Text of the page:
President Trump’s quest to build as much of his border wall as possible before leaving office is newly angering landowners and authorities in the American southwest.
The feuds demonstrate the impact that Trump’s final push to expand his $15 billion border wall is having on a region that has been the focal point of his four-year term, even though President-elect Joe Biden has pledged to stop construction immediately upon taking office. Federal officials say Trump has built 415 miles of new barriers — and that they expect to reach 450 miles by the end of the year while working at breakneck pace — to deter drug traffickers, human smugglers and criminal organizations from attempting to enter the United States. But critics say the wall is a political boondoggle and that the administration is trampling landowners’ rights in the process of building it.
The most recent flare-up last week in El Paso pit the county’s water district against the federal government and a construction crew from Oklahoma.
Jesus “Chuy” Reyes, general manager of the El Paso County Water Improvement District, an elected board that owns and operates hundreds of miles of canals and drains, said he learned on Nov. 10 that a construction crew was planning to build a three-mile stretch of wall in the Texas border community. The wall would be parallel to an existing wall that the Trump administration rebuilt two years ago and topped with razor wire. The older fence had cut off the south access road to the American Canal Extension, a public works project that allows Mexico and the United States to share the waters of the Rio Grande.
Reyes said he did not know where the second wall would go, but last week he spotted it: Heavy machinery was being used to dig a trench in the middle of the only other access road to the canal, on the north side. It was about 70 feet away from the old wall.
Furious, he deployed a pair of dump trucks to block the road. Then, he wrote to the U.S. Army Corps of Engineers, which oversees the private companies building the barrier.
“For a host of reasons, some of which should be obvious, this is not acceptable and directly interferes with the District’s operations and authority and duties under state and federal law,” he wrote to Army Corps Col. Antoinette R. Gant, according to a copy of the letter provided to The Washington Post.
The district maintains and operates the canal extension, which supplies drinking water to the Texas border county of 800,000 people and irrigation for thousands of acres of cotton fields and pecan orchards, he said. The water district needs 24-hour access to it to make repairs, adjust the gates and to rescue people who fall in.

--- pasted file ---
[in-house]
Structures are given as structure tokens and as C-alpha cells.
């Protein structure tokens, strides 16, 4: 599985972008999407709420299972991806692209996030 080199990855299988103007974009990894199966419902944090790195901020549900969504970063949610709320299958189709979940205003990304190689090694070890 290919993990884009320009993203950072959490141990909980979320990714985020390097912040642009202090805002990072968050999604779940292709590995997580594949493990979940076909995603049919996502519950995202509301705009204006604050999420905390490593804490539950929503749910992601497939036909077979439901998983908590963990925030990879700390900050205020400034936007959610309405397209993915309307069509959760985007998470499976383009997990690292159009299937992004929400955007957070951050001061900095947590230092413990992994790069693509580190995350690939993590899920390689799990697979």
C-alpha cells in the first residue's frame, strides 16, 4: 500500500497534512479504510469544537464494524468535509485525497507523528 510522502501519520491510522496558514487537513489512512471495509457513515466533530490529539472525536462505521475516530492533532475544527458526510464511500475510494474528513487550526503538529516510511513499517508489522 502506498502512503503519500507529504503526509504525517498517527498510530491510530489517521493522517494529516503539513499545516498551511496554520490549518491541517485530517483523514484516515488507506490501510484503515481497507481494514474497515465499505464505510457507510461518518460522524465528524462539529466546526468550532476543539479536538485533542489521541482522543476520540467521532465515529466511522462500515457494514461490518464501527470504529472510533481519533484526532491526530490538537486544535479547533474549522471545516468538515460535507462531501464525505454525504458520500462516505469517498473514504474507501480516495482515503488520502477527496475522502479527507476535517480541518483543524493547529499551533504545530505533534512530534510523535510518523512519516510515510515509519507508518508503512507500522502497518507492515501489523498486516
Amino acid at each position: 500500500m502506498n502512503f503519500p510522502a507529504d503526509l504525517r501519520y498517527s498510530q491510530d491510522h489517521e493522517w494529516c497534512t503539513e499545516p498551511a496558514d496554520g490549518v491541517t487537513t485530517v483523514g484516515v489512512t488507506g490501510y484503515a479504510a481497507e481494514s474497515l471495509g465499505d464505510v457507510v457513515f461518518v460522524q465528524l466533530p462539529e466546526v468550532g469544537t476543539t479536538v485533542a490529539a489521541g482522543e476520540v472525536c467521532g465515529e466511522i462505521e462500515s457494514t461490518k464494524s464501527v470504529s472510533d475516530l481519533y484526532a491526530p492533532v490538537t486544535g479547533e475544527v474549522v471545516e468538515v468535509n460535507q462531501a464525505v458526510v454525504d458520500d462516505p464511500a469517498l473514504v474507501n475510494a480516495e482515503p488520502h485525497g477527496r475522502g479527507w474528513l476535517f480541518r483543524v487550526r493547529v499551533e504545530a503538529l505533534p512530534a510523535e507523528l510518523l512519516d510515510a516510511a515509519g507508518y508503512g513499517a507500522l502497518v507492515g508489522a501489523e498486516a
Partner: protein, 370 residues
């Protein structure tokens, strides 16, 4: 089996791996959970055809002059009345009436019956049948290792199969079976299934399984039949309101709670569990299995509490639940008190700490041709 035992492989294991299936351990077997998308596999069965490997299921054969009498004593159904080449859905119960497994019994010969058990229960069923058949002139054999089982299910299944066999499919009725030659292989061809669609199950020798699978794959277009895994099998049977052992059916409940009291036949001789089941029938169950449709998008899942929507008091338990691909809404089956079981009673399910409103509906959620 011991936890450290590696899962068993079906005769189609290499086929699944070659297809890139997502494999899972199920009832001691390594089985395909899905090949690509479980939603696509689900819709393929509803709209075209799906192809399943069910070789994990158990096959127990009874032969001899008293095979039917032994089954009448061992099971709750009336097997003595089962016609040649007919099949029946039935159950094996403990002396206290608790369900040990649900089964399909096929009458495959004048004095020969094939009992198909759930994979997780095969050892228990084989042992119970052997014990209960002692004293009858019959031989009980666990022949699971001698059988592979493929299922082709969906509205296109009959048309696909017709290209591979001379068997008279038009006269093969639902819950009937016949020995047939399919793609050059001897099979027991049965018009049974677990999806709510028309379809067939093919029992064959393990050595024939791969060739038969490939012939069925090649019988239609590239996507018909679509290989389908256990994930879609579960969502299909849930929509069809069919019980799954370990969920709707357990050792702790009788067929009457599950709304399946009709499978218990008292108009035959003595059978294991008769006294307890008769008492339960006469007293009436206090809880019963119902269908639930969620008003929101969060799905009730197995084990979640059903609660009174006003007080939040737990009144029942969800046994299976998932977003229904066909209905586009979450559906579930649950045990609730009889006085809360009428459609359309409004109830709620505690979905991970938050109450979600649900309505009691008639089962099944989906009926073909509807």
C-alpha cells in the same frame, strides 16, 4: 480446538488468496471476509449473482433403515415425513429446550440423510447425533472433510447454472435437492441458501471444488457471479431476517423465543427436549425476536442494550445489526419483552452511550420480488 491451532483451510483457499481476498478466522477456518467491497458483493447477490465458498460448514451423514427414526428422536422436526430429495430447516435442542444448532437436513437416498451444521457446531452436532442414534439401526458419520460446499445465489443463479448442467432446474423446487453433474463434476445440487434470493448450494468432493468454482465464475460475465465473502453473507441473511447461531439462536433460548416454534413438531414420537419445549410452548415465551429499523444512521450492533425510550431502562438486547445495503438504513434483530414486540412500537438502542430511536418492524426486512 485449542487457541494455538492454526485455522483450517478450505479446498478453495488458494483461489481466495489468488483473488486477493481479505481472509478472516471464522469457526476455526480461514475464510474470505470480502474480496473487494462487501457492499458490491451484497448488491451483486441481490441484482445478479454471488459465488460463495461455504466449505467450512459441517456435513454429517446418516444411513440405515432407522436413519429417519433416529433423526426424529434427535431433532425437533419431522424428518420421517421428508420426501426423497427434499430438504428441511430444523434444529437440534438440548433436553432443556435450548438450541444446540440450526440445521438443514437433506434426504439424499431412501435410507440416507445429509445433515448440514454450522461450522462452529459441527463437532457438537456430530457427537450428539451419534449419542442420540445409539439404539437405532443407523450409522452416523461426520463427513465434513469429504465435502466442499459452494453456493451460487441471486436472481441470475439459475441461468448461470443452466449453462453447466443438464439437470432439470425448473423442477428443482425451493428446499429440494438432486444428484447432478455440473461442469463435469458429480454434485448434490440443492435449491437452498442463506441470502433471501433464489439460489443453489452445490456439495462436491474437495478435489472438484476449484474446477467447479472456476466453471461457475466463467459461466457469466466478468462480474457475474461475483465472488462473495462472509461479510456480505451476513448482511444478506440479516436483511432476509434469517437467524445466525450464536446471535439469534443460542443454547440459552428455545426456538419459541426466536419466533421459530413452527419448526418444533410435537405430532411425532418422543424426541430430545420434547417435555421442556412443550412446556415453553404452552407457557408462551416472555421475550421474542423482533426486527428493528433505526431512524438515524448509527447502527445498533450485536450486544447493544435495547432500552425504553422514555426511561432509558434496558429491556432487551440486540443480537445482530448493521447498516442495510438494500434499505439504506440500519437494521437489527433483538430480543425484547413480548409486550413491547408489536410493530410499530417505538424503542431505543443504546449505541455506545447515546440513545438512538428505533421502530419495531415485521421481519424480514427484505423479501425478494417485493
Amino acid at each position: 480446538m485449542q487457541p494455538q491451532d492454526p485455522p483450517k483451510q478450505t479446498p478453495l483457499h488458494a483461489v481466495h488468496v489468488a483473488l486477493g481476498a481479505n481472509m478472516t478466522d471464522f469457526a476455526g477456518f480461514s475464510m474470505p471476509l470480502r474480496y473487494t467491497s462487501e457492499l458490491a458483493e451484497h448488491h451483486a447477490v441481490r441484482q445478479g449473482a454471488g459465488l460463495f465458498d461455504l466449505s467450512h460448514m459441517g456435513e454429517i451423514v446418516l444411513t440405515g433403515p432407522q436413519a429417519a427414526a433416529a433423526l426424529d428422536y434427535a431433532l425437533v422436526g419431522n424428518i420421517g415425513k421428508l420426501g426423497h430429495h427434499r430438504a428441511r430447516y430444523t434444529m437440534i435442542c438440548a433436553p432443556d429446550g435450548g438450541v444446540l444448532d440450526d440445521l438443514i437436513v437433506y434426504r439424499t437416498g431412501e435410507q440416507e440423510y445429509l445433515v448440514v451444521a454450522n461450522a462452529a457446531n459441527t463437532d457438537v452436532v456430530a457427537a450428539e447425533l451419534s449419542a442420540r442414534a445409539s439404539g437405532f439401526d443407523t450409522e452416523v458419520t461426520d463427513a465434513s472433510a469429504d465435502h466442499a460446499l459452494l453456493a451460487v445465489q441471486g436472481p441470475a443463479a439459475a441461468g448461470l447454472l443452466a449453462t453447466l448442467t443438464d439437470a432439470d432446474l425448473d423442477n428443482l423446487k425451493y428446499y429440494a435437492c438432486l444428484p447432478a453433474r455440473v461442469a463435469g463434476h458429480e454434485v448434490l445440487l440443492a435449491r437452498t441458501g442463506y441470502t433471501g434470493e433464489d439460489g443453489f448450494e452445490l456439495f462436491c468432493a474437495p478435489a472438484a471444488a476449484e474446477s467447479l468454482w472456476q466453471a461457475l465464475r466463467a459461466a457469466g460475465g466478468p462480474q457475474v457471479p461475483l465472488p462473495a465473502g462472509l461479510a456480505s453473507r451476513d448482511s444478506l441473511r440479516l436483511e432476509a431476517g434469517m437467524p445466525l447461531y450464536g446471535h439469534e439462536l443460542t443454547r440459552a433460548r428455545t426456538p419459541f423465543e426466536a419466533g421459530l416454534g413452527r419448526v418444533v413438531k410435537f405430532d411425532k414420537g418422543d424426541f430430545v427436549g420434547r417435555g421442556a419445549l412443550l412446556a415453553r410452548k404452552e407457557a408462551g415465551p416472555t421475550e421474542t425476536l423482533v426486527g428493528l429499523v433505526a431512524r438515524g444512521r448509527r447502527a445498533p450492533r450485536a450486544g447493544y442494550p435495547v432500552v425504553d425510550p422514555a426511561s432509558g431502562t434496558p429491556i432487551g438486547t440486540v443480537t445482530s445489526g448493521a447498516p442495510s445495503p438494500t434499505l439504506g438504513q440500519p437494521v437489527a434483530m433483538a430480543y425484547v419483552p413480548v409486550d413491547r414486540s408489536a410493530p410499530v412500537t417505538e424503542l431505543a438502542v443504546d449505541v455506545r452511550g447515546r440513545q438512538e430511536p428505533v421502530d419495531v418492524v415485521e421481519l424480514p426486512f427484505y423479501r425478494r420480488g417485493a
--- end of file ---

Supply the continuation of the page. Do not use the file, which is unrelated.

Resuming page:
In a heavy storm, for example, the district must quickly open the canal gates to prevent rainwater from overflowing into nearby neighborhoods.
Reyes said he believes federal officials were plowing ahead without regard for border residents, whose homes, roads and schools are nearby. He said he pressed an Army Corps official for answers in a meeting last week, and he was left with the impression that the push to build was “most definitely part of the Trump administration’s effort to build as many miles as they can.”
“She said, ‘We only have a certain amount of time to build this,’ ” he recalled. “We plainly asked her, ‘Is this part of the Trump fence you need to finish by January 20th?’ She said, ‘The only thing I can tell you is the orders are coming from Washington.”
The Army Corps confirmed that water district photographs depicting the freshly dug trenches were accurate, and then said that construction on that section has stopped.
“The U.S. Army Corps of Engineers is sensitive to the El Paso Water District’s concerns,” spokeswoman Raini Brunson said. She said the Army Corps is coordinating with CBP and the U.S. International Boundary and Water Commission to consider “shifting” that segment.
Reyes said if they do not move the wall, the water district would sue.
“It’s very frustrating because we know that they want to build it before January 20th,” he said. “We’re not dumb.”
Benham, a Haskell company that Reyes identified as in charge of the construction project, did not respond to a request for comment.